Sustainability of Steel in Infrastructure
The National Institute of Standards and Technology notes that “steel has become one of the most reliable, most used and most important materials of the age.”
As an advanced engineered material, steel is the material of choice by engineers and architects because of its strong performance characteristics, durability, reliability, versatility in design and consistency as a product.
Structural steel produced in North America typically contains 90 percent or more recycled steel and is continually and completely recyclable.
While many other products can only be downcycled into a lower-quality product, steel can be recycled over and over again and remade without any loss of quality. While many construction sites may have large amounts of construction and demolition waste to dispose, using steel will minimize that problem as it can be easily recycled responsibly.
When steel construction products have outlived their current intended use, they can be recycled into new steel to be used for any variety of new products. Today’s steel beam can become tomorrow’s refrigerator, soup can or car door.
Structural steel mills also recycle nearly all of the water they use in a closed loop system. Less than 70 gallons of water is consumed in the production of one ton of structural steel.
Steel has a vital role in infrastructure through replacement and new construction of bridges, roadways, guiderails and utility structures.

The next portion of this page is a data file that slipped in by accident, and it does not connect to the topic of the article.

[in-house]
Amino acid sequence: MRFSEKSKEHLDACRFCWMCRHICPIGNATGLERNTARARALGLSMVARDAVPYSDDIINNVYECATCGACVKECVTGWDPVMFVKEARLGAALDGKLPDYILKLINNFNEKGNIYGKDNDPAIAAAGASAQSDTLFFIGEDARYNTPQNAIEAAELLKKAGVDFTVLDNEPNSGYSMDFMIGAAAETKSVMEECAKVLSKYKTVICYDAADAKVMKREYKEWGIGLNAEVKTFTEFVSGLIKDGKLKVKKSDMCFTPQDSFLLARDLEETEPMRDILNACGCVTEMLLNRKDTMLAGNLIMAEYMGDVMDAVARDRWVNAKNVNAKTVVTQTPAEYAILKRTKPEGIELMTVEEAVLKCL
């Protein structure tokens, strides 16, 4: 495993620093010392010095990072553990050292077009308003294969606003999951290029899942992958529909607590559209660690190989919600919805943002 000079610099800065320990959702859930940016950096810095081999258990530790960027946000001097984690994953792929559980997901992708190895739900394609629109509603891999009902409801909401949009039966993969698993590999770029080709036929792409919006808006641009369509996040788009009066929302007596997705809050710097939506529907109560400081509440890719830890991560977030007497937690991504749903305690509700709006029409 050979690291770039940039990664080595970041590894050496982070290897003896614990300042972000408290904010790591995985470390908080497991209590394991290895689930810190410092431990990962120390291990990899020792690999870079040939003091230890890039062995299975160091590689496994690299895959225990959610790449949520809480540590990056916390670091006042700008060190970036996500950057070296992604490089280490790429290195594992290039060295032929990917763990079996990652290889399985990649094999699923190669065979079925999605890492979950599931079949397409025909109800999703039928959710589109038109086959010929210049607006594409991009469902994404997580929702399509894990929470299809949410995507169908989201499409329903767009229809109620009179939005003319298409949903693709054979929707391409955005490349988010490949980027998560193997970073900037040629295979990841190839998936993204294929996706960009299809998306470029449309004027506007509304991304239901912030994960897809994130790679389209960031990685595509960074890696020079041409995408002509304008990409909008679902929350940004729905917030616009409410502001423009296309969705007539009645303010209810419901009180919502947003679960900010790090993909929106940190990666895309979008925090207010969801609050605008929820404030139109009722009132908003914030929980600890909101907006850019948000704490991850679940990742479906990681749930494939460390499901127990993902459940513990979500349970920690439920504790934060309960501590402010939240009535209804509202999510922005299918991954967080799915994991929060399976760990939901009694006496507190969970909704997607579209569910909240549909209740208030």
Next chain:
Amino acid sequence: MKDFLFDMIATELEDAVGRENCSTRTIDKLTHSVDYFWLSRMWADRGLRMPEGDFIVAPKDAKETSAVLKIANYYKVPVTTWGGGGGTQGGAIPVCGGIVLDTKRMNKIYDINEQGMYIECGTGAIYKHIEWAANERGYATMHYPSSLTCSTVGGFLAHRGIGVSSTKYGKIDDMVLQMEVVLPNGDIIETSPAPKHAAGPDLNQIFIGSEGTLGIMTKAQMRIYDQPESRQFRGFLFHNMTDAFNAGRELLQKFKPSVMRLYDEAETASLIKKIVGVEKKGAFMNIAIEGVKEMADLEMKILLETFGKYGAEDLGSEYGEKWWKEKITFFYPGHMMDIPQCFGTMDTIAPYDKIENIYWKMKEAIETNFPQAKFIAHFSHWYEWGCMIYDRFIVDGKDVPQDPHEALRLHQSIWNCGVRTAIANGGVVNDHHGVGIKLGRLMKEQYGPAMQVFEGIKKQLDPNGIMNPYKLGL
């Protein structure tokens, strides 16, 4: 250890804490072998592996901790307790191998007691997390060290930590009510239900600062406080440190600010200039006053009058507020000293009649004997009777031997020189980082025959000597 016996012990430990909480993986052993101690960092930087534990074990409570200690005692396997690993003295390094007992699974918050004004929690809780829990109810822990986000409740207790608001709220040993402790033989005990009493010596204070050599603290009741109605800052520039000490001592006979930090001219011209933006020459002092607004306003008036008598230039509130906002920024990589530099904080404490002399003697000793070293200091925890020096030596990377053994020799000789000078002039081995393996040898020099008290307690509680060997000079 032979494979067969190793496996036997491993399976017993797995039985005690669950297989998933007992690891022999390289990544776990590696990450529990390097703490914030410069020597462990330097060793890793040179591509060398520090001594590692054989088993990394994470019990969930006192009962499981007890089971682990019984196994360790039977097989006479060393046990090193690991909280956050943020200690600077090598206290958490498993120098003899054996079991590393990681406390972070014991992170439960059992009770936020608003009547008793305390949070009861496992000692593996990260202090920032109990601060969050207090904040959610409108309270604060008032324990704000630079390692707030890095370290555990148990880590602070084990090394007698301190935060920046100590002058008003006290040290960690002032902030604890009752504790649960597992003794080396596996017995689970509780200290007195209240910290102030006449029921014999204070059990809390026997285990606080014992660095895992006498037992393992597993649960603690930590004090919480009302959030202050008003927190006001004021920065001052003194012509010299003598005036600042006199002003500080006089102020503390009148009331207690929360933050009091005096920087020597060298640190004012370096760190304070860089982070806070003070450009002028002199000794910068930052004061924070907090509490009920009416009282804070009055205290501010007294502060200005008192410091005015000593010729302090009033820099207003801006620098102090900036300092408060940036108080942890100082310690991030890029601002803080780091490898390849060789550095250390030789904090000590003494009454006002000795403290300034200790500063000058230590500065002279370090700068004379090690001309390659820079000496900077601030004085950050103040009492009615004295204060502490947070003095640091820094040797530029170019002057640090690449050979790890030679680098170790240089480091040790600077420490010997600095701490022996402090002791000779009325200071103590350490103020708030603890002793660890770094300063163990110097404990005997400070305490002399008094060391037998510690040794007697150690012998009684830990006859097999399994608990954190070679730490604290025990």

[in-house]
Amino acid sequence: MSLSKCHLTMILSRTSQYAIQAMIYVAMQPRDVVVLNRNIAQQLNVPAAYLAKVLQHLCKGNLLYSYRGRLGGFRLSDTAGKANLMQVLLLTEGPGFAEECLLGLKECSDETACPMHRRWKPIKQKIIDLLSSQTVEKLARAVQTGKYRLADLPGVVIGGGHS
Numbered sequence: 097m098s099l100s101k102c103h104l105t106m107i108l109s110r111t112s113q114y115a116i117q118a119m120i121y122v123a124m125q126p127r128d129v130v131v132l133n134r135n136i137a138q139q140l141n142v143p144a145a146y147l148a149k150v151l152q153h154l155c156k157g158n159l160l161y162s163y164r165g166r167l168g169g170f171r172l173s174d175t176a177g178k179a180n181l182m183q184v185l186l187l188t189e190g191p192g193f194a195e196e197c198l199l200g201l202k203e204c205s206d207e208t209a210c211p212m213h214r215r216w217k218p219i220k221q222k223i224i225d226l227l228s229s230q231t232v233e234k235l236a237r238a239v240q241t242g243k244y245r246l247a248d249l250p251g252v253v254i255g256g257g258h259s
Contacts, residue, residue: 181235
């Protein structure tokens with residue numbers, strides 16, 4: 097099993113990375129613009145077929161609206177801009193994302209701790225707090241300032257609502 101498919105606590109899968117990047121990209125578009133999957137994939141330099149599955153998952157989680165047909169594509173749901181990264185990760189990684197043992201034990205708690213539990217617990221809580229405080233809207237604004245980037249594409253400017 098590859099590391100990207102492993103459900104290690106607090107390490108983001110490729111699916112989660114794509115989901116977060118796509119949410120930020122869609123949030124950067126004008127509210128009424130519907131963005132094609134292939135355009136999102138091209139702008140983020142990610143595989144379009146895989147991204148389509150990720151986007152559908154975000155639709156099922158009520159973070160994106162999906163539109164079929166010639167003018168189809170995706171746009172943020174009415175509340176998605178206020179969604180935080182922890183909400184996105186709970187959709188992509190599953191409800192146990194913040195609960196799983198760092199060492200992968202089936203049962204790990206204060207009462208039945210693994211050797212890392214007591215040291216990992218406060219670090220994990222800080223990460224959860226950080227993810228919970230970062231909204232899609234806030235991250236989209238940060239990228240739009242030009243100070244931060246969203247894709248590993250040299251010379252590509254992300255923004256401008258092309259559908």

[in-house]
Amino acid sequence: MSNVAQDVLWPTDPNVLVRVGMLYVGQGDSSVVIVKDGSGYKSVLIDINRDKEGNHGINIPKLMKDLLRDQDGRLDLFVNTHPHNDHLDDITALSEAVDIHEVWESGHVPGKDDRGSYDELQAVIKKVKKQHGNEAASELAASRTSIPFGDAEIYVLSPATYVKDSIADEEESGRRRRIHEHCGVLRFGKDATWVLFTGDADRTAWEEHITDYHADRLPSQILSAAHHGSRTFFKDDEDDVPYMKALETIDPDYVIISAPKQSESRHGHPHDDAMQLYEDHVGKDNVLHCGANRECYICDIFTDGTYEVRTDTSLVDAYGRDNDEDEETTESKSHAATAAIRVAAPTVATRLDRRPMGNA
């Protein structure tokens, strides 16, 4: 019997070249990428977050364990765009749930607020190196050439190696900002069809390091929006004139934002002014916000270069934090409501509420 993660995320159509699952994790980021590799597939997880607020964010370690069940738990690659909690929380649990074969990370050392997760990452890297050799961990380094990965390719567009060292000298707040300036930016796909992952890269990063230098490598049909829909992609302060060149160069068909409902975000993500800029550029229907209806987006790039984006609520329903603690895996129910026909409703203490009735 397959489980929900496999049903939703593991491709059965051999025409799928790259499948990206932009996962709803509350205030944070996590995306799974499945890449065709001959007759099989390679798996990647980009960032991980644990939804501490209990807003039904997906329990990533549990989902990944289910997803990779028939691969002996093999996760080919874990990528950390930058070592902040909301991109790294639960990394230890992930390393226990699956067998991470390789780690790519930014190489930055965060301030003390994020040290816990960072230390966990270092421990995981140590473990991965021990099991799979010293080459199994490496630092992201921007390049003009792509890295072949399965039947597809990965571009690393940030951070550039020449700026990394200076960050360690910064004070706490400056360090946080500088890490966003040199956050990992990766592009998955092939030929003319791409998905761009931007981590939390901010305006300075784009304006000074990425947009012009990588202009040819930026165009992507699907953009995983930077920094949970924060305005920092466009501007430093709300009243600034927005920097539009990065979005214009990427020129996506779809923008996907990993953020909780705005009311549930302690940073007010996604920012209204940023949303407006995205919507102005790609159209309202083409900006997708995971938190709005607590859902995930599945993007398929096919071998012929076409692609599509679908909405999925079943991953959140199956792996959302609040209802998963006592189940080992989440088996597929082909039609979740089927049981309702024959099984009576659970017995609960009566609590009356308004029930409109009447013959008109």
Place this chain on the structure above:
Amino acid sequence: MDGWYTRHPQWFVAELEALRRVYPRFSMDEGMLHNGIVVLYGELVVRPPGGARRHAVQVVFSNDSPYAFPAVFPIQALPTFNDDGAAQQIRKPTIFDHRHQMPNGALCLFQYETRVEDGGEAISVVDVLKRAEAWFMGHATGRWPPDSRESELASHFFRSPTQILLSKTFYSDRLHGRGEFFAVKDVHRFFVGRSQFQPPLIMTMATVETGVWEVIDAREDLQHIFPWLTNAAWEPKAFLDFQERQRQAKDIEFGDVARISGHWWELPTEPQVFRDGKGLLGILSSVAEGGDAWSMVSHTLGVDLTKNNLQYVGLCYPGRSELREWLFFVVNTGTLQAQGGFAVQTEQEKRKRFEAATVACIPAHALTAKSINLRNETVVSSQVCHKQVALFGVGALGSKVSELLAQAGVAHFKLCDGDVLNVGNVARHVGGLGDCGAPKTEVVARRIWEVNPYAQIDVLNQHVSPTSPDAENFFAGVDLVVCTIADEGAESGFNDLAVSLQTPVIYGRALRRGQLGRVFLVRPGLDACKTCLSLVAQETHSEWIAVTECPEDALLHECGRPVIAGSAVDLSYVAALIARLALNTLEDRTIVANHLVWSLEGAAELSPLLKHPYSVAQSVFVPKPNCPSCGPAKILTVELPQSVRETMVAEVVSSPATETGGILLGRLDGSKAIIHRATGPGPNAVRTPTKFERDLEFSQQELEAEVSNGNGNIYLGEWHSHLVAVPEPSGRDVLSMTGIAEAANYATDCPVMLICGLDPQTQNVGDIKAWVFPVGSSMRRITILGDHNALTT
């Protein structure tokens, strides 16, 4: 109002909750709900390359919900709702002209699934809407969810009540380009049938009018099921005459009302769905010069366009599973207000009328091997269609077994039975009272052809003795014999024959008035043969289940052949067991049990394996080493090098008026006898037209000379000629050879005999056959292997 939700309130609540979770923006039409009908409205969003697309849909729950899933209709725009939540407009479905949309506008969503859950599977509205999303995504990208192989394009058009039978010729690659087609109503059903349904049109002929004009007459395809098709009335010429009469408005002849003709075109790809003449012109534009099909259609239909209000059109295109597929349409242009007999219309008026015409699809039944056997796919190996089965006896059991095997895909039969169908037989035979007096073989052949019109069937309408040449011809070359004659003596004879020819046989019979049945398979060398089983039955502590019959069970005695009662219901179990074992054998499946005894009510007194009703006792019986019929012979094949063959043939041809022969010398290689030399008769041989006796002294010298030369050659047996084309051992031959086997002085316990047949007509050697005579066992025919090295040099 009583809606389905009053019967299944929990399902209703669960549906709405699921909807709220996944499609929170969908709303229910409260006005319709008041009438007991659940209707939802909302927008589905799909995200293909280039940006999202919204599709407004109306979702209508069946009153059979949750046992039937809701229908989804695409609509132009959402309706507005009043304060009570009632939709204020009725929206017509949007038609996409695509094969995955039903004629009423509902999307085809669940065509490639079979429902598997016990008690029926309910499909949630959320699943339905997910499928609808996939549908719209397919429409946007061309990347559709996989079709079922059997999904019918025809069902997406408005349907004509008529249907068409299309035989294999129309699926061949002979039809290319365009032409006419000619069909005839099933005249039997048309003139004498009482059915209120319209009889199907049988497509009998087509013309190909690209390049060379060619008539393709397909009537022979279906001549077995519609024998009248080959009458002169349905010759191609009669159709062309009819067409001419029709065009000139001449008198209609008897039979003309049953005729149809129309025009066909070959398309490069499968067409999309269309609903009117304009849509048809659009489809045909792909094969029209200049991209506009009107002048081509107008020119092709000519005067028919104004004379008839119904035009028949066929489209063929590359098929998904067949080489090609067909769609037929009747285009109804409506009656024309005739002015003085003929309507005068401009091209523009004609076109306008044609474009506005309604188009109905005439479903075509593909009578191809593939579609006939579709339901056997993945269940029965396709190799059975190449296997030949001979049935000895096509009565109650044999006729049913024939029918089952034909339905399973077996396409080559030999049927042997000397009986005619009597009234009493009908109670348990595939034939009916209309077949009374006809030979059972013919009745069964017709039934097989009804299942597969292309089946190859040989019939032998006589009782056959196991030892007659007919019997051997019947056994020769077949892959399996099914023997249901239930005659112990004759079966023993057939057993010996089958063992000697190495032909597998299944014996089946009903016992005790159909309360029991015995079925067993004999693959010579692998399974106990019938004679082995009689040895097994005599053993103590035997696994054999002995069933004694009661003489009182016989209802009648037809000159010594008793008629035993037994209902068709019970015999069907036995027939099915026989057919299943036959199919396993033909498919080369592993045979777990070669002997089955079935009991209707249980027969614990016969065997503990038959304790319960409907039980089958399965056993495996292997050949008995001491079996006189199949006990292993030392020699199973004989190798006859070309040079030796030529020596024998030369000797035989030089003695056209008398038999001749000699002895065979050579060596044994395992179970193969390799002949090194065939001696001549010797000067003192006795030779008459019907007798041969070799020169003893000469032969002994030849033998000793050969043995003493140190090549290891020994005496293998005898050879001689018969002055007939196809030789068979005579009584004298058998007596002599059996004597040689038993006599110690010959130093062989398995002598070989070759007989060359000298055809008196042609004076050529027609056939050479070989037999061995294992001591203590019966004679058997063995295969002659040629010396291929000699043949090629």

Steel for short span bridges is lighter than other materials and can provide a savings of up to 25 percent in total superstructure costs, partially due to the fact that heavier equipment may not be needed to set the girders.
Steel can also be reused after a long service life — one county in Ohio saved $51,000 in superstructure costs by using repurposed beams that were removed from a previous steel bridge taken out of service.
Does steel provide a sustainable option for bridges?
Steel is the most recycled material on the planet. Some of the sustainable advantages of steel include:
- Steel from a disassembled bridge can be used again for another project.
- Steel bridges can last 100 years or more, with minimal maintenance over their long service lives.
- The high strength of steel permits longer spans, which minimizes disruption to underlying habitats.
- Steel is highly resistant to extreme natural disasters such as earthquakes.
- The American steel industry has achieved a 31 percent reduction in energy intensity and a 36 percent reduction in greenhouse gas intensity since 1990.
Muskingum County saved $51,000 by using repurposed beams.